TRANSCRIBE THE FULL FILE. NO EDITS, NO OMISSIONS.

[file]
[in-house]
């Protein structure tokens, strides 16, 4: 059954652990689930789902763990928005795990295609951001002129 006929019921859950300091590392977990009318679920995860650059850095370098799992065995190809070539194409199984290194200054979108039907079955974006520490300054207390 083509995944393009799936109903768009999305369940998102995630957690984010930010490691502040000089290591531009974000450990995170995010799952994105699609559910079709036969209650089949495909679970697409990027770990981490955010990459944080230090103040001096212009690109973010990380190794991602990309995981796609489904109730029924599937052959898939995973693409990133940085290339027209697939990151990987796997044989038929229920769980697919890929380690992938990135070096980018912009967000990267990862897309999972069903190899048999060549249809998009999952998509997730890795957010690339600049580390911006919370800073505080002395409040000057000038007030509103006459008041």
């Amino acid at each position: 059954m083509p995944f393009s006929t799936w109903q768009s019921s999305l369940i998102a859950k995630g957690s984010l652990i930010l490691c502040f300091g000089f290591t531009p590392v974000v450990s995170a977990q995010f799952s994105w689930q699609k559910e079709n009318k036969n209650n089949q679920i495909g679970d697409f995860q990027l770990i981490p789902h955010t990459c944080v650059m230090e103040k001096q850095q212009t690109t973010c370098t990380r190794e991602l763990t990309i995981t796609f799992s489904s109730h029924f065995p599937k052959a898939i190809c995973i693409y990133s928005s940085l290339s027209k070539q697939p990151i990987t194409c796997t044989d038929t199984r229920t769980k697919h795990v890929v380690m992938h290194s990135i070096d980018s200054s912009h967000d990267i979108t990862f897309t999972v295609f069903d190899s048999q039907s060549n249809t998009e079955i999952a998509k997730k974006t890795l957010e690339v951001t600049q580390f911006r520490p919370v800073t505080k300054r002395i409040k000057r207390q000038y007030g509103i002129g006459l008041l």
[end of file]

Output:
[in-house]
């Protein structure tokens, strides 16, 4: 059954652990689930789902763990928005795990295609951001002129 006929019921859950300091590392977990009318679920995860650059850095370098799992065995190809070539194409199984290194200054979108039907079955974006520490300054207390 083509995944393009799936109903768009999305369940998102995630957690984010930010490691502040000089290591531009974000450990995170995010799952994105699609559910079709036969209650089949495909679970697409990027770990981490955010990459944080230090103040001096212009690109973010990380190794991602990309995981796609489904109730029924599937052959898939995973693409990133940085290339027209697939990151990987796997044989038929229920769980697919890929380690992938990135070096980018912009967000990267990862897309999972069903190899048999060549249809998009999952998509997730890795957010690339600049580390911006919370800073505080002395409040000057000038007030509103006459008041």
């Amino acid at each position: 059954m083509p995944f393009s006929t799936w109903q768009s019921s999305l369940i998102a859950k995630g957690s984010l652990i930010l490691c502040f300091g000089f290591t531009p590392v974000v450990s995170a977990q995010f799952s994105w689930q699609k559910e079709n009318k036969n209650n089949q679920i495909g679970d697409f995860q990027l770990i981490p789902h955010t990459c944080v650059m230090e103040k001096q850095q212009t690109t973010c370098t990380r190794e991602l763990t990309i995981t796609f799992s489904s109730h029924f065995p599937k052959a898939i190809c995973i693409y990133s928005s940085l290339s027209k070539q697939p990151i990987t194409c796997t044989d038929t199984r229920t769980k697919h795990v890929v380690m992938h290194s990135i070096d980018s200054s912009h967000d990267i979108t990862f897309t999972v295609f069903d190899s048999q039907s060549n249809t998009e079955i999952a998509k997730k974006t890795l957010e690339v951001t600049q580390f911006r520490p919370v800073t505080k300054r002395i409040k000057r207390q000038y007030g509103i002129g006459l008041l």